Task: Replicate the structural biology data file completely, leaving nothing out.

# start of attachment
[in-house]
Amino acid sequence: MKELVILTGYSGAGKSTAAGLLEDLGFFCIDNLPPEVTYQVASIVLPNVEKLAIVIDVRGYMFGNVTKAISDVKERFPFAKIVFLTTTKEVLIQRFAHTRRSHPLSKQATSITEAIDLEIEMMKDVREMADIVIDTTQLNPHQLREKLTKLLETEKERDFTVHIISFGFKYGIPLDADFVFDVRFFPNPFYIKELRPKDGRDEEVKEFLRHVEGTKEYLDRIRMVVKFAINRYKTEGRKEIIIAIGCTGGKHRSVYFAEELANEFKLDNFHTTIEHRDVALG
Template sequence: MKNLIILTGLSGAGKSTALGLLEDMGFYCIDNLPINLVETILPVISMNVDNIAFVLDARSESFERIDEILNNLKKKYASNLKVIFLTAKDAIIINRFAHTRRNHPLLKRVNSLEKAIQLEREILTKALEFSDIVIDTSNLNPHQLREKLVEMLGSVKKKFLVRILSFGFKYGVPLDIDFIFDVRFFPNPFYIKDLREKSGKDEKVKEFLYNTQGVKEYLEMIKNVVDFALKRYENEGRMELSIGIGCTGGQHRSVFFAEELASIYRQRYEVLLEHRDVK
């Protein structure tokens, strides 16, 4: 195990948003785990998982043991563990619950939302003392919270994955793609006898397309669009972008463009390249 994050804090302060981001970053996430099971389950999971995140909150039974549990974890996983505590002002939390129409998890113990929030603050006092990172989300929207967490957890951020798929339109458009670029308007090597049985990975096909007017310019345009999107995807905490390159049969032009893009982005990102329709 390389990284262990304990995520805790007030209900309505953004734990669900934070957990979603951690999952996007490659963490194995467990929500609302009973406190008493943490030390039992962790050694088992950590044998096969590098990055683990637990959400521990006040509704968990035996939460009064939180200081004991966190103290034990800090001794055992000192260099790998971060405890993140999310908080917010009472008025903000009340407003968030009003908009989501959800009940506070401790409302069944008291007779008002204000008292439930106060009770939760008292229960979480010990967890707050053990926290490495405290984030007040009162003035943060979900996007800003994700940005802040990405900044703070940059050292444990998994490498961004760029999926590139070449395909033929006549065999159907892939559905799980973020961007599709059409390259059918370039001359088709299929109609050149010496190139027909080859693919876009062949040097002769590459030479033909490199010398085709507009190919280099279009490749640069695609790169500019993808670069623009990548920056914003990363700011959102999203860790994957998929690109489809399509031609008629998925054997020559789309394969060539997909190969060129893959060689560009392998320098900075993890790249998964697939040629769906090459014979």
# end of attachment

[in-house]
Amino acid sequence: MKELVILTGYSGAGKSTAAGLLEDLGFFCIDNLPPEVTYQVASIVLPNVEKLAIVIDVRGYMFGNVTKAISDVKERFPFAKIVFLTTTKEVLIQRFAHTRRSHPLSKQATSITEAIDLEIEMMKDVREMADIVIDTTQLNPHQLREKLTKLLETEKERDFTVHIISFGFKYGIPLDADFVFDVRFFPNPFYIKELRPKDGRDEEVKEFLRHVEGTKEYLDRIRMVVKFAINRYKTEGRKEIIIAIGCTGGKHRSVYFAEELANEFKLDNFHTTIEHRDVALG
Template sequence: MKNLIILTGLSGAGKSTALGLLEDMGFYCIDNLPINLVETILPVISMNVDNIAFVLDARSESFERIDEILNNLKKKYASNLKVIFLTAKDAIIINRFAHTRRNHPLLKRVNSLEKAIQLEREILTKALEFSDIVIDTSNLNPHQLREKLVEMLGSVKKKFLVRILSFGFKYGVPLDIDFIFDVRFFPNPFYIKDLREKSGKDEKVKEFLYNTQGVKEYLEMIKNVVDFALKRYENEGRMELSIGIGCTGGQHRSVFFAEELASIYRQRYEVLLEHRDVK
């Protein structure tokens, strides 16, 4: 195990948003785990998982043991563990619950939302003392919270994955793609006898397309669009972008463009390249 994050804090302060981001970053996430099971389950999971995140909150039974549990974890996983505590002002939390129409998890113990929030603050006092990172989300929207967490957890951020798929339109458009670029308007090597049985990975096909007017310019345009999107995807905490390159049969032009893009982005990102329709 390389990284262990304990995520805790007030209900309505953004734990669900934070957990979603951690999952996007490659963490194995467990929500609302009973406190008493943490030390039992962790050694088992950590044998096969590098990055683990637990959400521990006040509704968990035996939460009064939180200081004991966190103290034990800090001794055992000192260099790998971060405890993140999310908080917010009472008025903000009340407003968030009003908009989501959800009940506070401790409302069944008291007779008002204000008292439930106060009770939760008292229960979480010990967890707050053990926290490495405290984030007040009162003035943060979900996007800003994700940005802040990405900044703070940059050292444990998994490498961004760029999926590139070449395909033929006549065999159907892939559905799980973020961007599709059409390259059918370039001359088709299929109609050149010496190139027909080859693919876009062949040097002769590459030479033909490199010398085709507009190919280099279009490749640069695609790169500019993808670069623009990548920056914003990363700011959102999203860790994957998929690109489809399509031609008629998925054997020559789309394969060539997909190969060129893959060689560009392998320098900075993890790249998964697939040629769906090459014979």